Simply put, it depends. In Georgia matters are decided in equity, which essentially means that which is fair to the parties based on the evidence presented and statutory guidelines. The vast majority of the time the judge will look at the debt in its entirety and simply split this between the parties in the form of payments to be made or a greater or lesser disbursement of assets, such as retirement plans.

If one spouse is entirely dependent on the other spouse this equitable disbursement can reflect the provider spouse’s ability to pay and he or she may be obligated to provide a greater share of the marital debt. However, the question of what is marital is still relevant. Just as inherited property or property brought into the marriage is usually not divisible, debt brought into the marriage is usually not divisible.

Essentially this means that if you married an individual with a great deal of debt and did not merge that debt into new jointly held debt the debt brought into the marriage usually remains with that spouse.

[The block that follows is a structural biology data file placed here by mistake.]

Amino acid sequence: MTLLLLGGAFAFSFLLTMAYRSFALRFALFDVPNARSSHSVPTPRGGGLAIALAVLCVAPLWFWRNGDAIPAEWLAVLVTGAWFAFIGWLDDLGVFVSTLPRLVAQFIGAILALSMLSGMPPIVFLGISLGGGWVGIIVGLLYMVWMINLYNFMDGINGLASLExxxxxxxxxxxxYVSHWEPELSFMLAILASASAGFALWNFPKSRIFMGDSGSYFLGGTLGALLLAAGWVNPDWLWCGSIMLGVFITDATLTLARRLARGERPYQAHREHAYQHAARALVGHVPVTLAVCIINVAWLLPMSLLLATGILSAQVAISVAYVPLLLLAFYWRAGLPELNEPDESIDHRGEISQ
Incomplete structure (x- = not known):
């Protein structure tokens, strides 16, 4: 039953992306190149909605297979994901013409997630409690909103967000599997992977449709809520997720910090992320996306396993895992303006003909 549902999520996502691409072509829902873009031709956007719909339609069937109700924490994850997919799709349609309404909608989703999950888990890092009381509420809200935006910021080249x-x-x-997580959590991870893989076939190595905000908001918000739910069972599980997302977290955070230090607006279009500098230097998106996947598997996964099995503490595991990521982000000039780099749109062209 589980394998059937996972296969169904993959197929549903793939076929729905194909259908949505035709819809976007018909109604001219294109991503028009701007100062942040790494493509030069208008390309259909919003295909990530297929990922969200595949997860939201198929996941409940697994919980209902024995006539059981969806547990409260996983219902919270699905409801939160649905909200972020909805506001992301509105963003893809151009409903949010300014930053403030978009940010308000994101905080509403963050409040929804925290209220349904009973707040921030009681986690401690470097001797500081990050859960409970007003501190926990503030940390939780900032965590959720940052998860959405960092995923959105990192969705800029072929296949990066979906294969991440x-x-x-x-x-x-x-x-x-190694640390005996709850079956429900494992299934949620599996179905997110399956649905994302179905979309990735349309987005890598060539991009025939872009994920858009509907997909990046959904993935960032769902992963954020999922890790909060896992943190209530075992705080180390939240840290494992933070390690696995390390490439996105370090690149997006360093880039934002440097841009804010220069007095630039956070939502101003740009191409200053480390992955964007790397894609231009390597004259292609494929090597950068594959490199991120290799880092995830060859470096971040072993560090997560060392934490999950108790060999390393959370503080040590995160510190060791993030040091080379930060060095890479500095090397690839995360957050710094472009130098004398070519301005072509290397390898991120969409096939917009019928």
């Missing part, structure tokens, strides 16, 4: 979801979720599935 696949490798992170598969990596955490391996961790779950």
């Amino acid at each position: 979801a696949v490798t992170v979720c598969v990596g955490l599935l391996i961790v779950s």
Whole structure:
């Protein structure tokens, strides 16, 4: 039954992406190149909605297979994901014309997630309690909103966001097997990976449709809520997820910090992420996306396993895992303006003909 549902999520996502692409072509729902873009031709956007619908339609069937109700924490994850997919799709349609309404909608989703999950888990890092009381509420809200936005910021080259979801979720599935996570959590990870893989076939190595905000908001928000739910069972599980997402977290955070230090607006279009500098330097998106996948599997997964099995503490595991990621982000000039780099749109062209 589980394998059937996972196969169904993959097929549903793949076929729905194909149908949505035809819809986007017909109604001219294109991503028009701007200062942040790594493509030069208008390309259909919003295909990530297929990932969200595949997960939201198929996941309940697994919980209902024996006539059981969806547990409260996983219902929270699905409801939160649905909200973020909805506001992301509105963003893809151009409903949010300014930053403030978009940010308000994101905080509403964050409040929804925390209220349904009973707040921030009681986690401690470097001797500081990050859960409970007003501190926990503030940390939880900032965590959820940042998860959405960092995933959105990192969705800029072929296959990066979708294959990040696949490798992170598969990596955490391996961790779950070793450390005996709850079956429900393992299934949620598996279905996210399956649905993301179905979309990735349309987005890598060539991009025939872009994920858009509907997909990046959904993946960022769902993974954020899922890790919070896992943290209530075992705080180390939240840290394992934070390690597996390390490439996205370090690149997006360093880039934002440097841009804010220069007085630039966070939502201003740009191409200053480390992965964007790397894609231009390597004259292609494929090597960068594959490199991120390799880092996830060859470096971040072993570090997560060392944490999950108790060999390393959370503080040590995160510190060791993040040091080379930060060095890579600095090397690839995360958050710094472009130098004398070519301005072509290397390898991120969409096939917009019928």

Another element sometimes argued is debt that is individual, such as student loans or medical bills. Often these debts will remain with the person benefiting from the debt. Then sometimes we have multiple day trials with dozens of spread sheets showing what each individual purchased and what each individual should be obligated to pay. Most often you will pay more in attorney fees and wait for months for a hearing date if you wish to enter the tedium of this argument, but if there is a spouse who regularly spent excessively on personal items or vacations that solely benefited this spouse alone it may be an argument worth having. Remember, every divorce action is a unique and individual action
in an equity state like Georgia; and the facts of the case as well as a cost benefit analysis of potential proceedings will determine who is going to pay the debt.